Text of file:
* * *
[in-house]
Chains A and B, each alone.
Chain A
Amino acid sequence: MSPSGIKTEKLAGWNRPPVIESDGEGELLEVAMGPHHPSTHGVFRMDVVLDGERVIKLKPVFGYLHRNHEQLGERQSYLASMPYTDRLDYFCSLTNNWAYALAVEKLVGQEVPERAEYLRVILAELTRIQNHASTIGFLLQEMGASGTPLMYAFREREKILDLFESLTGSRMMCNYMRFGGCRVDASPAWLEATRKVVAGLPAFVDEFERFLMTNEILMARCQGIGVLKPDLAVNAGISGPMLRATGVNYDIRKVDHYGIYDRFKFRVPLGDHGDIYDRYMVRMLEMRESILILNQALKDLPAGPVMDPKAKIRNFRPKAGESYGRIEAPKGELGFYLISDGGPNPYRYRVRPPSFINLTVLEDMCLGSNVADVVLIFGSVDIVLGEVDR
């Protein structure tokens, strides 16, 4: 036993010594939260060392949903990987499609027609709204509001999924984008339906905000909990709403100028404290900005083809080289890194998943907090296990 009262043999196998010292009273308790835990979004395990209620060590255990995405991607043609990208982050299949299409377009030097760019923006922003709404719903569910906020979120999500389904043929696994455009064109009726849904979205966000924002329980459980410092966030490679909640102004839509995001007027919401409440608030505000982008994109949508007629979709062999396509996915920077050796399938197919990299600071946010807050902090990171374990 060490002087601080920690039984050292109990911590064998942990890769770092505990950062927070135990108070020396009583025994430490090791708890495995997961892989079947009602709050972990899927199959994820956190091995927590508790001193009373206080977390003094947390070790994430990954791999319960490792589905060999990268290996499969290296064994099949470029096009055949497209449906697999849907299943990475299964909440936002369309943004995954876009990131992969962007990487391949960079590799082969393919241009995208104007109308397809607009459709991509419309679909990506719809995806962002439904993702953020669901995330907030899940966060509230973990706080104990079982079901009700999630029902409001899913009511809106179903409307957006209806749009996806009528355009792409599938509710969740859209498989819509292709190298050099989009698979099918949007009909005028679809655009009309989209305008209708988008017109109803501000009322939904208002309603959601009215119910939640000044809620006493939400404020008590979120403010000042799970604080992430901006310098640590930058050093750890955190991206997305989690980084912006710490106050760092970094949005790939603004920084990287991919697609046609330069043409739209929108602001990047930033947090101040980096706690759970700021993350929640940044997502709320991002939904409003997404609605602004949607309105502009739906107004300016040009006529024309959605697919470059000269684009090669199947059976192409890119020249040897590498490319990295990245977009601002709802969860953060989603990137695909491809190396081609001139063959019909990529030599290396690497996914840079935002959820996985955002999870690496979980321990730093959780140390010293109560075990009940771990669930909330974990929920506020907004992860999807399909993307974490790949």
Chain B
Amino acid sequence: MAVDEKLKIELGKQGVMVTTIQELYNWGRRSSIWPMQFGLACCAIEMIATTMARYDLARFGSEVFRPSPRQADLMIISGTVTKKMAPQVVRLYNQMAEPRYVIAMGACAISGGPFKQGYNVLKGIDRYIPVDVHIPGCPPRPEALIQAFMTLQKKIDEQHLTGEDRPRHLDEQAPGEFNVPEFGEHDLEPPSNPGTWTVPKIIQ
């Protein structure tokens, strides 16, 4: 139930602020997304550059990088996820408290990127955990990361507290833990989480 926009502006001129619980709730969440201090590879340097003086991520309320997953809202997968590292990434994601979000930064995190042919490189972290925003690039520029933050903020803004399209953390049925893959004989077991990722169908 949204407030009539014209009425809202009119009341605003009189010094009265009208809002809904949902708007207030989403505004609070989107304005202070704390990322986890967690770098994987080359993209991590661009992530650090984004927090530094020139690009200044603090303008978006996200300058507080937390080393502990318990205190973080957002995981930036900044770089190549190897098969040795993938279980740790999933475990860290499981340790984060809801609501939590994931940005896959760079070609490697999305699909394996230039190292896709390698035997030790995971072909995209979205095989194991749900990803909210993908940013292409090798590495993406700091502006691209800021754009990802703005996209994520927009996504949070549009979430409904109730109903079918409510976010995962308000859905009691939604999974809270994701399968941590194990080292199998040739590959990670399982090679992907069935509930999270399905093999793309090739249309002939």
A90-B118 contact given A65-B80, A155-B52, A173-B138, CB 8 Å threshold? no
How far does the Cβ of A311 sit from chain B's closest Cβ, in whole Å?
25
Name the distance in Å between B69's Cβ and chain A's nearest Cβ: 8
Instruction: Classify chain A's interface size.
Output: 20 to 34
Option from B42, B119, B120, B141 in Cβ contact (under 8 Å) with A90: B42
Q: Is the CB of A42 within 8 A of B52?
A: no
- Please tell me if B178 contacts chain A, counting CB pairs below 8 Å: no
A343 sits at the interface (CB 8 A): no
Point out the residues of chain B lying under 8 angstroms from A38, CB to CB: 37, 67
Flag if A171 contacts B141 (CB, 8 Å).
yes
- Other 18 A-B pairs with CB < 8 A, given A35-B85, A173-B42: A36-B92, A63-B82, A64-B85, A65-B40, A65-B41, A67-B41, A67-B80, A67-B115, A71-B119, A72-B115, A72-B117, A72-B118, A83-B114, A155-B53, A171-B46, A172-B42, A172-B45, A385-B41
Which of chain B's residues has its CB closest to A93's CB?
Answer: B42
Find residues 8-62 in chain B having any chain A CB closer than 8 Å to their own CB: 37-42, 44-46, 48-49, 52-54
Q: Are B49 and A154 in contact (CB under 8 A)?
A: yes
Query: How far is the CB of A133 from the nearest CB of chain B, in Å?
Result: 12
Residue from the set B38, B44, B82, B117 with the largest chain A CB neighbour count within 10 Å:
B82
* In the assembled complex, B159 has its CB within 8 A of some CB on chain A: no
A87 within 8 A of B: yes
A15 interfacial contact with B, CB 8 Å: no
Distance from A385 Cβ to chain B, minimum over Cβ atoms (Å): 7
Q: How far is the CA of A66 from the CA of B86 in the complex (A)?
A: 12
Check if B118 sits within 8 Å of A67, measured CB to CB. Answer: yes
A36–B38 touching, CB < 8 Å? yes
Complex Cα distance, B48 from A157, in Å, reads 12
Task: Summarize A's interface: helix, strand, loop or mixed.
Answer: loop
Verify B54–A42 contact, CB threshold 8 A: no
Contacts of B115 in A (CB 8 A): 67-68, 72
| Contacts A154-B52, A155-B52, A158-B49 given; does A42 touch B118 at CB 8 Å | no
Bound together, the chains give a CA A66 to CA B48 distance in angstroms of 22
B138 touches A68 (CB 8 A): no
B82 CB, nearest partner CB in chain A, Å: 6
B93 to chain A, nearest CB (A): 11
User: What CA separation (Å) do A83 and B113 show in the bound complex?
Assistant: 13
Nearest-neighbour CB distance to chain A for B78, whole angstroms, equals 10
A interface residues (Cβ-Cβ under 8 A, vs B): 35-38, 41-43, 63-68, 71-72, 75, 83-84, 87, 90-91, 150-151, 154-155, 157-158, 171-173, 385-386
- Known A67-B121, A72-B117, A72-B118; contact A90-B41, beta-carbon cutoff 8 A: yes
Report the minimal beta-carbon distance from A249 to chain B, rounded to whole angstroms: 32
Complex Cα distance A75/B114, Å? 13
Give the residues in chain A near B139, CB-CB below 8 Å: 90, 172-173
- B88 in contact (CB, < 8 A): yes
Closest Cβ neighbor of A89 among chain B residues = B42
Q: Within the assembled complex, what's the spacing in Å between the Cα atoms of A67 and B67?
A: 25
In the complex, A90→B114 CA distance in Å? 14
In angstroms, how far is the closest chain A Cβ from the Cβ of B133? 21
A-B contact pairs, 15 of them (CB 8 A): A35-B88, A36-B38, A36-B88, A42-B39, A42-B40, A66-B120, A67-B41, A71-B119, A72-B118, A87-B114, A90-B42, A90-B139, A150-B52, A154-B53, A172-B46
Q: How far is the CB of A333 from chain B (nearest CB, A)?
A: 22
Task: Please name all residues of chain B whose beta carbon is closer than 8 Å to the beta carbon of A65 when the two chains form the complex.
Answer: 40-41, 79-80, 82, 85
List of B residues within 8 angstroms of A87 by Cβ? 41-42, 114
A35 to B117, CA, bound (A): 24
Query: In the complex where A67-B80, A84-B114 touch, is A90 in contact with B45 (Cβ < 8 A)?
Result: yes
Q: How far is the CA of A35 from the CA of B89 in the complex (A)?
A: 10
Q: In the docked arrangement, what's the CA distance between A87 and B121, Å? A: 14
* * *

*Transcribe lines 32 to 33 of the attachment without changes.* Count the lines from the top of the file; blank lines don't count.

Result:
B82
* In the assembled complex, B159 has its CB within 8 A of some CB on chain A: no